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Back to the Future: A “New Fashioned” Coincidental

The enduring power of “linear” broadcast TV shines through, despite today’s bewildering array of digital alternatives, in a “modern” version of the venerable telephone coincidental study conducted for Disney-ABC Television Group.

Disney-ABC Television wanted to cut through all the noise about the reported reach of alternative TV media ranging from online to mobile. A single, representative sample would provide context in the face unreliable press reports on alternative media, at a time when advertisers are eager to know how new platforms – especially social media — can enhance their brands.

But how to effectively examine these proliferating digital alternatives? The traditional telephone coincidental study has lost favor as phone interviewing costs skyrocketed, while response rates and sample quality plummeted. In its new take on the coincidental method, we used online interviews among its probability-recruited and representative research panel (KnowledgePanel®) to take a detailed look at the latest options in alternative TV viewing.

We explored prime-time viewership through a week-long series of online “coincidental” surveys, measuring all viewing of TV programs and movies during a two-hour slice of that daypart. A total of 13,873 interviews were conducted with KnowledgePanel members ages 13+. KnowledgePanel includes proper proportions of both non-Internet and cell-phone-only homes, so it truly is representative of the entire television audience.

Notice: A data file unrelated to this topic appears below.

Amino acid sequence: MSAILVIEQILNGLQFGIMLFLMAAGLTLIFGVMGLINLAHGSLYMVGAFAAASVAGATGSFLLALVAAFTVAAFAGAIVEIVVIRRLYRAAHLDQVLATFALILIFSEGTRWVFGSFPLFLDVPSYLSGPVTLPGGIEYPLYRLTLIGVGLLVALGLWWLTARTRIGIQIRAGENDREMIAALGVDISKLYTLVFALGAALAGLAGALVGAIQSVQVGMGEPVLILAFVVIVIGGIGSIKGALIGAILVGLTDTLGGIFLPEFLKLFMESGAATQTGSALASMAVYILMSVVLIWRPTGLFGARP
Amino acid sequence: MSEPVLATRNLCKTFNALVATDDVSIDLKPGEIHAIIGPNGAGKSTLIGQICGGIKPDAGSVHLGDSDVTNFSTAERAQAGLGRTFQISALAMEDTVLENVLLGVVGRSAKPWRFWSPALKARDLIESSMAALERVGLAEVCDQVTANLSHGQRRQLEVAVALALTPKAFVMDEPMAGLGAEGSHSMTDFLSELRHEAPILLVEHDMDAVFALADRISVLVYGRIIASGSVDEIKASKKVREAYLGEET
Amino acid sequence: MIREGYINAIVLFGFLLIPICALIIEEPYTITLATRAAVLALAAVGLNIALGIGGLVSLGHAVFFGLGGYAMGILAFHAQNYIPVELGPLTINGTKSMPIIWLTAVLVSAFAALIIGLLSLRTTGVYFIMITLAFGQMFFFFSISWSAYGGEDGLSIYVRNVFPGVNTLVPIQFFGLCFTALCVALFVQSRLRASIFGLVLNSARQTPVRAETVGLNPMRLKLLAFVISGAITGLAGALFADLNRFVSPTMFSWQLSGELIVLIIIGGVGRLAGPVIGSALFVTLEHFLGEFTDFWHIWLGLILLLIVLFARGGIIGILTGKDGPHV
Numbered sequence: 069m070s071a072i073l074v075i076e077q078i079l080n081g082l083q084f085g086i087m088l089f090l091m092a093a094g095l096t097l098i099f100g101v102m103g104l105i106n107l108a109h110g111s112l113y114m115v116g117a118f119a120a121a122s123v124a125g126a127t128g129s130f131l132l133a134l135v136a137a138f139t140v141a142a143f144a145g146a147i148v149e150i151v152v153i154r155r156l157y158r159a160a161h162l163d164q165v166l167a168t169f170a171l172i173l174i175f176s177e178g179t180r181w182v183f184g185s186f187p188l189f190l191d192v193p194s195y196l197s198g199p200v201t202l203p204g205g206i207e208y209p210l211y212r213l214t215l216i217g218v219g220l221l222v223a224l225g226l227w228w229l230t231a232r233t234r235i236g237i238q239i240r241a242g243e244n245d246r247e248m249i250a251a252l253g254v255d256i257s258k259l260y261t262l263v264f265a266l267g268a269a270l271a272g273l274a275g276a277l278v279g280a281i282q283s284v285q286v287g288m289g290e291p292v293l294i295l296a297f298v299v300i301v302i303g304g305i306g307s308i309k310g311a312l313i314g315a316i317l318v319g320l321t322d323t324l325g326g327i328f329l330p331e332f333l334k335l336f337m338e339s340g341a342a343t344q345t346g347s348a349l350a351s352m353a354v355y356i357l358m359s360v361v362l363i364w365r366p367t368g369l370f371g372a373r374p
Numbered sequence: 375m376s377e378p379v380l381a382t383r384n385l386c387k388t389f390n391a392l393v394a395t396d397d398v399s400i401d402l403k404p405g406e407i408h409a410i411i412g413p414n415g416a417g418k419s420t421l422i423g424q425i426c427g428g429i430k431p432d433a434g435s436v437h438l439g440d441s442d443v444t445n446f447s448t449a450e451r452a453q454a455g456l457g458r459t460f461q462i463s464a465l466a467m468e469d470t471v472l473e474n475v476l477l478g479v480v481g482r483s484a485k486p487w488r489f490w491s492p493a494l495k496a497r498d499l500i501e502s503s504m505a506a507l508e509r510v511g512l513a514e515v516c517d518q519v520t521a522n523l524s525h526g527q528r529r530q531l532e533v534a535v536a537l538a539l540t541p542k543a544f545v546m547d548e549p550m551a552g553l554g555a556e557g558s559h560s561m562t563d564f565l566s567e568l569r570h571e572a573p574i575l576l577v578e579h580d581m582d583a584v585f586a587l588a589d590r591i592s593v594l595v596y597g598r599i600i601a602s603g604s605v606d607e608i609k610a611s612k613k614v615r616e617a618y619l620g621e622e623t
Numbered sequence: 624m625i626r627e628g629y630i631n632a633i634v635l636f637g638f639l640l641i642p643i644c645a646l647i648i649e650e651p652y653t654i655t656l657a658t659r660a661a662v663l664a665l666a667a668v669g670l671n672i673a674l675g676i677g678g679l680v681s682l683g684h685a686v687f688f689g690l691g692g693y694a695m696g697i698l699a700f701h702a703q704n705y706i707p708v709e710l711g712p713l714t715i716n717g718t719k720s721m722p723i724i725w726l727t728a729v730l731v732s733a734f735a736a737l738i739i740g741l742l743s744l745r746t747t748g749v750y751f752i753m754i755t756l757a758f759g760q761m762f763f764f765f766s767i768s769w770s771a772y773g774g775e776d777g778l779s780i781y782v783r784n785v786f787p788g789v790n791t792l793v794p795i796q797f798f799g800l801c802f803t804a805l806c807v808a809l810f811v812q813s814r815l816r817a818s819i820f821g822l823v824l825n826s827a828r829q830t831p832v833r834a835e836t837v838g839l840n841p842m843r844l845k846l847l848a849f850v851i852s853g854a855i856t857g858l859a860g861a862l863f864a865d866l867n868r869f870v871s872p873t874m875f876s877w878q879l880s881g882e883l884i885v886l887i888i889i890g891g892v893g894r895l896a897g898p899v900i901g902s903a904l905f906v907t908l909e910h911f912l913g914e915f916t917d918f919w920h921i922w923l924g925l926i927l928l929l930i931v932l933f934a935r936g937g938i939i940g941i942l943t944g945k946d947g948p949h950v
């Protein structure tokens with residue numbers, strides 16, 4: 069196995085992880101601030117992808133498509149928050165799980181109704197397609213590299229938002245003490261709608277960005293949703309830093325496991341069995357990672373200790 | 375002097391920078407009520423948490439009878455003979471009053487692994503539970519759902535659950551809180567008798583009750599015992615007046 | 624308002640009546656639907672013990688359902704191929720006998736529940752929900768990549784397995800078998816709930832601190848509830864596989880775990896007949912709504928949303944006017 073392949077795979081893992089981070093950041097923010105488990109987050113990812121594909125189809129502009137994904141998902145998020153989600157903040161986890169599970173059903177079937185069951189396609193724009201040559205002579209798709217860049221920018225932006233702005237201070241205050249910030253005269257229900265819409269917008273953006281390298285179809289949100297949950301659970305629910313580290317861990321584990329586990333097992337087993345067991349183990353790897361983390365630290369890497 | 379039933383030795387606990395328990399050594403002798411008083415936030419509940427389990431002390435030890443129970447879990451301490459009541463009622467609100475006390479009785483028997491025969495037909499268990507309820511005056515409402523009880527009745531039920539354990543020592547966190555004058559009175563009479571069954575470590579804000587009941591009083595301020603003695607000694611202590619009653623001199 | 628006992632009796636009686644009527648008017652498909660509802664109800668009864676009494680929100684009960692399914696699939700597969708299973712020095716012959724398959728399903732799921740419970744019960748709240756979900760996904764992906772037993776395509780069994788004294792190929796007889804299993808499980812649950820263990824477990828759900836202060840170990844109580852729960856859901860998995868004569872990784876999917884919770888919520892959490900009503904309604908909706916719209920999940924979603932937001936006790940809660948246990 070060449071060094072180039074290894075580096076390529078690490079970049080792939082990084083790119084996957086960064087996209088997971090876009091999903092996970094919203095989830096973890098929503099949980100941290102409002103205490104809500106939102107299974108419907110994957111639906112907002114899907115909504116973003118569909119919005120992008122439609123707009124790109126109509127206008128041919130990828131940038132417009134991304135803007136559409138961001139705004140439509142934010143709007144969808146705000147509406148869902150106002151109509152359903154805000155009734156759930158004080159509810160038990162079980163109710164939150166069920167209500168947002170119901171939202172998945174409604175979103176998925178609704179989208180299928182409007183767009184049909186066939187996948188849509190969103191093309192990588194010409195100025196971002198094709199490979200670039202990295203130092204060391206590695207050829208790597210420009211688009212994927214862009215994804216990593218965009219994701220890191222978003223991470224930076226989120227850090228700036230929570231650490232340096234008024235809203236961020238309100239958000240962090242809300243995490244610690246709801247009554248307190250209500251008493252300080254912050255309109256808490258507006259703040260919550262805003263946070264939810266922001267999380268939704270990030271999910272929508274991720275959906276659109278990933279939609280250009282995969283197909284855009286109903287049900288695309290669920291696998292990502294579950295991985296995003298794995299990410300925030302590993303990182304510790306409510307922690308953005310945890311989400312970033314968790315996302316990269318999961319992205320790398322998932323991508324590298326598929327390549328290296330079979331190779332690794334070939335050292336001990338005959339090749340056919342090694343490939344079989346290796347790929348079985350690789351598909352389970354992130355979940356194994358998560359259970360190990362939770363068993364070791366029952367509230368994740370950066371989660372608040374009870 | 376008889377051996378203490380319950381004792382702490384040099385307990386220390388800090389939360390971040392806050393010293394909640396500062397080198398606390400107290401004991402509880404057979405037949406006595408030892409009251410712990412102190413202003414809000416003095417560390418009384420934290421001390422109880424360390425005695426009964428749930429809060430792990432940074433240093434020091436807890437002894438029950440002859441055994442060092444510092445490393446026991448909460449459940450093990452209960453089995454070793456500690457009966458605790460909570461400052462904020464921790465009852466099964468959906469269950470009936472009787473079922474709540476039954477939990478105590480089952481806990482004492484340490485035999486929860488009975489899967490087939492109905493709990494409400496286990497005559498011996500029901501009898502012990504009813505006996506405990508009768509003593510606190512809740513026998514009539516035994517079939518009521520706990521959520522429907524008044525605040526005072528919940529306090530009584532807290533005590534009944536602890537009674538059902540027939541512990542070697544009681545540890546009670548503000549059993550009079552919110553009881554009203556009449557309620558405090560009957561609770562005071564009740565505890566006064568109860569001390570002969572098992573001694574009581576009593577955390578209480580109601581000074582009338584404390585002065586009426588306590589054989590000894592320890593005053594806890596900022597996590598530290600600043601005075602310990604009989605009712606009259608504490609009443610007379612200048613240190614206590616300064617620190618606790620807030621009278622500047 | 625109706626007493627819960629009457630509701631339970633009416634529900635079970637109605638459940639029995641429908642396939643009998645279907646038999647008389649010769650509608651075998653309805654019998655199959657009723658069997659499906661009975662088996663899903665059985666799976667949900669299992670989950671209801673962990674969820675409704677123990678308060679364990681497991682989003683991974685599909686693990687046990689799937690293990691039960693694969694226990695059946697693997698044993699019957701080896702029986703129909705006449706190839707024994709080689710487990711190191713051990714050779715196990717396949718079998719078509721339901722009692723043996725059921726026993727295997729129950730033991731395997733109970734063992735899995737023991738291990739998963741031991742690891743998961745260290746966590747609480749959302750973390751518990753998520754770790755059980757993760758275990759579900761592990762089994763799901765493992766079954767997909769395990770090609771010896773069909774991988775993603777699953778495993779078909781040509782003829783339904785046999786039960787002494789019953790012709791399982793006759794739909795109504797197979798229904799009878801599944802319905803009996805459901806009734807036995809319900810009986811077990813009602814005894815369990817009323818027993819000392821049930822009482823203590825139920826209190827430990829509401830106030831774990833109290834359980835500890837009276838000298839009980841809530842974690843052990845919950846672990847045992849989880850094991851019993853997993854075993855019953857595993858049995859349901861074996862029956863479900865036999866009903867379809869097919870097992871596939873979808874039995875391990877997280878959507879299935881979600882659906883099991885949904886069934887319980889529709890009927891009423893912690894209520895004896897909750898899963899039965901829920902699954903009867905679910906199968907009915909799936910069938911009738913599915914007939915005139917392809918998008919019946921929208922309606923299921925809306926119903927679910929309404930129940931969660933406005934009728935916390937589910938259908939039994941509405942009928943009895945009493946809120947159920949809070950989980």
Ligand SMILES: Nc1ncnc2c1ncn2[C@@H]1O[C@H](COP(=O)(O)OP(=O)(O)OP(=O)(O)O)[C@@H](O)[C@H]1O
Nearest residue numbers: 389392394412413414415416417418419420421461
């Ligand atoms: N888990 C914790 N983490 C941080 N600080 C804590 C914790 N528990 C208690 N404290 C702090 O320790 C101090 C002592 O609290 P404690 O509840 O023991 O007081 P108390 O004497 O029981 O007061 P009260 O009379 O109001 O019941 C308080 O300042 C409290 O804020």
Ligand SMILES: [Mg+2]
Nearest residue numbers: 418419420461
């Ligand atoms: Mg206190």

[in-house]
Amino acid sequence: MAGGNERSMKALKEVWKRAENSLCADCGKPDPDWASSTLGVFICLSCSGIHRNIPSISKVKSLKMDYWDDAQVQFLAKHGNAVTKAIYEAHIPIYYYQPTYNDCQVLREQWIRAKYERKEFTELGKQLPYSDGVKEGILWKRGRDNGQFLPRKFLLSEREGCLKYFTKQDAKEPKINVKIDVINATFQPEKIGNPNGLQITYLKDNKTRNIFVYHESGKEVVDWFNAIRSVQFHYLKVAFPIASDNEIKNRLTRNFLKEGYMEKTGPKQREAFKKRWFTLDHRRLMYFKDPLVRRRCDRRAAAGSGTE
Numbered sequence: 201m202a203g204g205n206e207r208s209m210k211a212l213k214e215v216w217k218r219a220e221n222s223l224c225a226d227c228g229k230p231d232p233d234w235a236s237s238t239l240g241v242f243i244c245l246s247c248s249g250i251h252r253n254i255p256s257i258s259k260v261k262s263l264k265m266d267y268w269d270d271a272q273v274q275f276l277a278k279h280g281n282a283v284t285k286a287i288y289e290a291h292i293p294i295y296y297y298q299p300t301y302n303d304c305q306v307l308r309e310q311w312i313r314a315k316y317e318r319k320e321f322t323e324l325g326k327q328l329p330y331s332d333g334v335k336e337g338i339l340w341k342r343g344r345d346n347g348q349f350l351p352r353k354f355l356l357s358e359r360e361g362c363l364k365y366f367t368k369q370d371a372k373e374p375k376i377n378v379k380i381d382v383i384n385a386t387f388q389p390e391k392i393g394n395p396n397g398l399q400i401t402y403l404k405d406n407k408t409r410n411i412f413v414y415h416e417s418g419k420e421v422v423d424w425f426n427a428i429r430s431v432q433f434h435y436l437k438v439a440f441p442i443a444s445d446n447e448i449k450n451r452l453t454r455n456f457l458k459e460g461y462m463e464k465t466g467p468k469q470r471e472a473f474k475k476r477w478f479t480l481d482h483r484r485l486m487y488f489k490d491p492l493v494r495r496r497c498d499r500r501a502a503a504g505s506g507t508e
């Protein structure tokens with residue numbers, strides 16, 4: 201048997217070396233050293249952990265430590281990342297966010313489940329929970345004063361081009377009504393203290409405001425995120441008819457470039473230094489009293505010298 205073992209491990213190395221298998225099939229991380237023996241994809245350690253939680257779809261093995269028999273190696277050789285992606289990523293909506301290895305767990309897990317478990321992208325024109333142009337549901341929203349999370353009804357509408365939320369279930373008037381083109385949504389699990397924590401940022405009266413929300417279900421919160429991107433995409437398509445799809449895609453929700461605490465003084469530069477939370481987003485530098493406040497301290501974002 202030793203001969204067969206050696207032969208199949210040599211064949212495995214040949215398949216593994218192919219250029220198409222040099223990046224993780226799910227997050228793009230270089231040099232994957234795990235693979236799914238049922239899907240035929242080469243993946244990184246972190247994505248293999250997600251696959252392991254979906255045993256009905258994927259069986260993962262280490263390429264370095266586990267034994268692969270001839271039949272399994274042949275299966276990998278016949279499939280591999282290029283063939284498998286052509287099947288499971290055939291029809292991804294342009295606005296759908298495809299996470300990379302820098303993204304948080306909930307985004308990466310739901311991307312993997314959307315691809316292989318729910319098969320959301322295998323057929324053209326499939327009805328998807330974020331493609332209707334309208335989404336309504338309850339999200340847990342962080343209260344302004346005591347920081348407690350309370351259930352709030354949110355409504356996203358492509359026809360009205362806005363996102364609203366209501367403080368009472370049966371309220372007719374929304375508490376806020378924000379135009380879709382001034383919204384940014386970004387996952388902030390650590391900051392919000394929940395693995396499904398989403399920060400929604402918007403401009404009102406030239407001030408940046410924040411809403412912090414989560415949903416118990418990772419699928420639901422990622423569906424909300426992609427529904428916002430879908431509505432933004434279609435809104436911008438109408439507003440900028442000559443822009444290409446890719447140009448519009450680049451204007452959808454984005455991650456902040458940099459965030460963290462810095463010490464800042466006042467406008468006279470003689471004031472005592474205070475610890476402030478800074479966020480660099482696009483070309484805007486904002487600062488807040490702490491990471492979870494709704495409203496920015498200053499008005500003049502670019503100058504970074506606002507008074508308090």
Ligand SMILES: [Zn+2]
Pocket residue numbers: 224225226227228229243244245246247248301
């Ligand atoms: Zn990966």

Our modern take on the telephone coincidental study also used a separate, supplemental sample for a survey by smartphone at the time of viewing. Using this QuantM mobile capability, Disney-ABC Television was able to enrich the quantitative findings by gathering more information about the circumstances of viewing – device, location, persons watching with the respondent – by collecting photos by the respondents, and also gathering some attitudinal information. A total of 298 KnowledgePanel QuantM smartphone interviews with persons 18+ were conducted.

This approach allowed GfK to go beyond “typical use” studies that can size the market via cumulative data (such as weekly or monthly use) and narrow the focus to answer questions including:

  • How does behavior during a specific hour differ from market sizing studies?
  • How engaged are users with alternatives to linear broadcast television?
  • Does alternative viewing affect linear viewing?
  • What is the momentum of alternatives sources?

Disney-ABC Television was able to understand how programs are consumed during the same period via all venues, including “regular” TV (cable, satellite, broadcast); TV services (DVR, on-demand/VOD); Internet-connected TVs (Netflix, videogame consoles); online (PCs); mobile (tablets, smartphones), and physical media (DVDs, Blu-rays).

The conclusion: Consumers are using new platforms, often simultaneously with TV, even as broadcast TV maintains its primacy. Disney-ABC Television can now use the benchmark to help set internal expectations for forecasting, allowing it to develop strategies and properly allocate tactical marketing or strategic investments.

David Tice, along with Mark Loughney and Barry Stoddard of Disney ABC-TV, presented findings from this study at the ARF Audience Measurement 7.0 conference. For more information, write to david.tice@gfk.com.

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